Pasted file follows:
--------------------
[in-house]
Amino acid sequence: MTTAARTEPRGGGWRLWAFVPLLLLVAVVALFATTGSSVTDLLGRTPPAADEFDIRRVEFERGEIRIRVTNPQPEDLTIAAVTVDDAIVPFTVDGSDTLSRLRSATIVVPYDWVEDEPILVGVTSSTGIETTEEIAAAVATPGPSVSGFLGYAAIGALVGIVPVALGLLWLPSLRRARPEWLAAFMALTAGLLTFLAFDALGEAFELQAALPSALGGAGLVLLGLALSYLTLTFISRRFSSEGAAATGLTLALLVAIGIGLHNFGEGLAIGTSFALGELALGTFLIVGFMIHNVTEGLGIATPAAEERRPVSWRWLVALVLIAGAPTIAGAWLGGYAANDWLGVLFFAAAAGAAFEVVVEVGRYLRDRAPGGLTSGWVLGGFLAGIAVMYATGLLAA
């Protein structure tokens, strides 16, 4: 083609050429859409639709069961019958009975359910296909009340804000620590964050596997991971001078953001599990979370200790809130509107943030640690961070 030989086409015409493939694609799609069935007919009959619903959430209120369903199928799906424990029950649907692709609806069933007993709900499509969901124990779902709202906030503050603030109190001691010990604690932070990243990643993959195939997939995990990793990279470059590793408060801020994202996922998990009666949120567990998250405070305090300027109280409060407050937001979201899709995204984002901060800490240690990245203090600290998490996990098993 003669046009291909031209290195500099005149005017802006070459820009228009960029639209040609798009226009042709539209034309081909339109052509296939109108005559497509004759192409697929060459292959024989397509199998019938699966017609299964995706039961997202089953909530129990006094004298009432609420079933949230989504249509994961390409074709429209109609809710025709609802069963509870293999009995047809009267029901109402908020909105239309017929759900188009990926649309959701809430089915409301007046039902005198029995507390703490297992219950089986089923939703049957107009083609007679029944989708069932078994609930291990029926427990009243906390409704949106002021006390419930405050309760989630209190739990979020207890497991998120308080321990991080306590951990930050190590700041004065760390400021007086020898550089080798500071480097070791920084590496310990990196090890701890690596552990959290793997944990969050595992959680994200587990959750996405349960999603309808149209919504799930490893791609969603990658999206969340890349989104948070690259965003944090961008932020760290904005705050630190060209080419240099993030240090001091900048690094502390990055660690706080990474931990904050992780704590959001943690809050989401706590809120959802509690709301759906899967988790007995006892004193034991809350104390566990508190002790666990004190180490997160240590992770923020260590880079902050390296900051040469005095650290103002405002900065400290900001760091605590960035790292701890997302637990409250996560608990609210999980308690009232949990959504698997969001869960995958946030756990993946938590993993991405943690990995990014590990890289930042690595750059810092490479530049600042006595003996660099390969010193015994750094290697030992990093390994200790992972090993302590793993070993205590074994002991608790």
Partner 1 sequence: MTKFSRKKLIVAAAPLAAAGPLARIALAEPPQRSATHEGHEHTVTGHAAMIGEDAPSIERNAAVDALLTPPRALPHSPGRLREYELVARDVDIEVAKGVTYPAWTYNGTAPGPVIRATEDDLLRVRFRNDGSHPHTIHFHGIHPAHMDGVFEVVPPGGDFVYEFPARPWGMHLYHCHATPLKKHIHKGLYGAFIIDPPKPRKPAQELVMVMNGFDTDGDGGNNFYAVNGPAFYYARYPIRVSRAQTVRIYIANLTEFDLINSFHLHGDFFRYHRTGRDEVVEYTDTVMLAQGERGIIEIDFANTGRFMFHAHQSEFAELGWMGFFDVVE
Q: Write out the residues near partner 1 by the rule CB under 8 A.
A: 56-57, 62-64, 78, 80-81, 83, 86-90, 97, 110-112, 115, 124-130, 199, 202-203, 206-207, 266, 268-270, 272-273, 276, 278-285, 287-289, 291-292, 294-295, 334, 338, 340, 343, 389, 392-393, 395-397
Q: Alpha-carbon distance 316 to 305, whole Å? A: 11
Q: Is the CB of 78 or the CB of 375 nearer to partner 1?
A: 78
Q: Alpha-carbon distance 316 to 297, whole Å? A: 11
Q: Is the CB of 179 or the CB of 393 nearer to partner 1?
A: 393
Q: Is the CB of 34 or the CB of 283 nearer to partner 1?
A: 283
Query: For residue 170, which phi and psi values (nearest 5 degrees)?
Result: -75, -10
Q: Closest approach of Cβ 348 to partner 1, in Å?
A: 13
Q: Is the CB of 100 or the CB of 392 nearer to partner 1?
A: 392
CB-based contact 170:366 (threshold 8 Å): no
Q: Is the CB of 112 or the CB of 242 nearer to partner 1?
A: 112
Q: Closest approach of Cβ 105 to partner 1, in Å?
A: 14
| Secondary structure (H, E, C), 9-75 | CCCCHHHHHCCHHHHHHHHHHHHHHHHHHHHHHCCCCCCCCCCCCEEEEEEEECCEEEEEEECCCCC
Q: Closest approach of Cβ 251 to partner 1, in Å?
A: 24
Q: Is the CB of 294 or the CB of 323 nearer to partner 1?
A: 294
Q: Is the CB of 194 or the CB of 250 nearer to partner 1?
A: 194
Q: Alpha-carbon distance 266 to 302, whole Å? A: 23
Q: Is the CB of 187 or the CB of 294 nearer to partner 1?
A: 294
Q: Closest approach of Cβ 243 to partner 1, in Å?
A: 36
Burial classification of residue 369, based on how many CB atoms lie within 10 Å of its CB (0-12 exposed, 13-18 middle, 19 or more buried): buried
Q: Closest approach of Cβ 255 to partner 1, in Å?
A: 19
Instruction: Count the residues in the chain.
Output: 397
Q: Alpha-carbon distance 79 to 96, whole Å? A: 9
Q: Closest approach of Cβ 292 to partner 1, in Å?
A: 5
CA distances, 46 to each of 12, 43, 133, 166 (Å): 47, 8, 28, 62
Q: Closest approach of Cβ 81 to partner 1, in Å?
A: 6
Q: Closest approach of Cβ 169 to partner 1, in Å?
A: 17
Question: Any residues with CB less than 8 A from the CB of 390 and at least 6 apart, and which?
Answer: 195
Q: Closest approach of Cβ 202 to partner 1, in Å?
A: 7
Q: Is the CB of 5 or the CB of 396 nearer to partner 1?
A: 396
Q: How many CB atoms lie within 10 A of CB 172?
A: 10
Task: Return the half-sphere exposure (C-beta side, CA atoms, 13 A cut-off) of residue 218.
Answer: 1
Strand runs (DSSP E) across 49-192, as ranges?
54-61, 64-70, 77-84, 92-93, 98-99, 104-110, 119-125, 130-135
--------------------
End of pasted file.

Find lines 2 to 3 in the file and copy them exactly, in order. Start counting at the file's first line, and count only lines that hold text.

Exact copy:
Amino acid sequence: MTTAARTEPRGGGWRLWAFVPLLLLVAVVALFATTGSSVTDLLGRTPPAADEFDIRRVEFERGEIRIRVTNPQPEDLTIAAVTVDDAIVPFTVDGSDTLSRLRSATIVVPYDWVEDEPILVGVTSSTGIETTEEIAAAVATPGPSVSGFLGYAAIGALVGIVPVALGLLWLPSLRRARPEWLAAFMALTAGLLTFLAFDALGEAFELQAALPSALGGAGLVLLGLALSYLTLTFISRRFSSEGAAATGLTLALLVAIGIGLHNFGEGLAIGTSFALGELALGTFLIVGFMIHNVTEGLGIATPAAEERRPVSWRWLVALVLIAGAPTIAGAWLGGYAANDWLGVLFFAAAAGAAFEVVVEVGRYLRDRAPGGLTSGWVLGGFLAGIAVMYATGLLAA
């Protein structure tokens, strides 16, 4: 083609050429859409639709069961019958009975359910296909009340804000620590964050596997991971001078953001599990979370200790809130509107943030640690961070 030989086409015409493939694609799609069935007919009959619903959430209120369903199928799906424990029950649907692709609806069933007993709900499509969901124990779902709202906030503050603030109190001691010990604690932070990243990643993959195939997939995990990793990279470059590793408060801020994202996922998990009666949120567990998250405070305090300027109280409060407050937001979201899709995204984002901060800490240690990245203090600290998490996990098993 003669046009291909031209290195500099005149005017802006070459820009228009960029639209040609798009226009042709539209034309081909339109052509296939109108005559497509004759192409697929060459292959024989397509199998019938699966017609299964995706039961997202089953909530129990006094004298009432609420079933949230989504249509994961390409074709429209109609809710025709609802069963509870293999009995047809009267029901109402908020909105239309017929759900188009990926649309959701809430089915409301007046039902005198029995507390703490297992219950089986089923939703049957107009083609007679029944989708069932078994609930291990029926427990009243906390409704949106002021006390419930405050309760989630209190739990979020207890497991998120308080321990991080306590951990930050190590700041004065760390400021007086020898550089080798500071480097070791920084590496310990990196090890701890690596552990959290793997944990969050595992959680994200587990959750996405349960999603309808149209919504799930490893791609969603990658999206969340890349989104948070690259965003944090961008932020760290904005705050630190060209080419240099993030240090001091900048690094502390990055660690706080990474931990904050992780704590959001943690809050989401706590809120959802509690709301759906899967988790007995006892004193034991809350104390566990508190002790666990004190180490997160240590992770923020260590880079902050390296900051040469005095650290103002405002900065400290900001760091605590960035790292701890997302637990409250996560608990609210999980308690009232949990959504698997969001869960995958946030756990993946938590993993991405943690990995990014590990890289930042690595750059810092490479530049600042006595003996660099390969010193015994750094290697030992990093390994200790992972090993302590793993070993205590074994002991608790």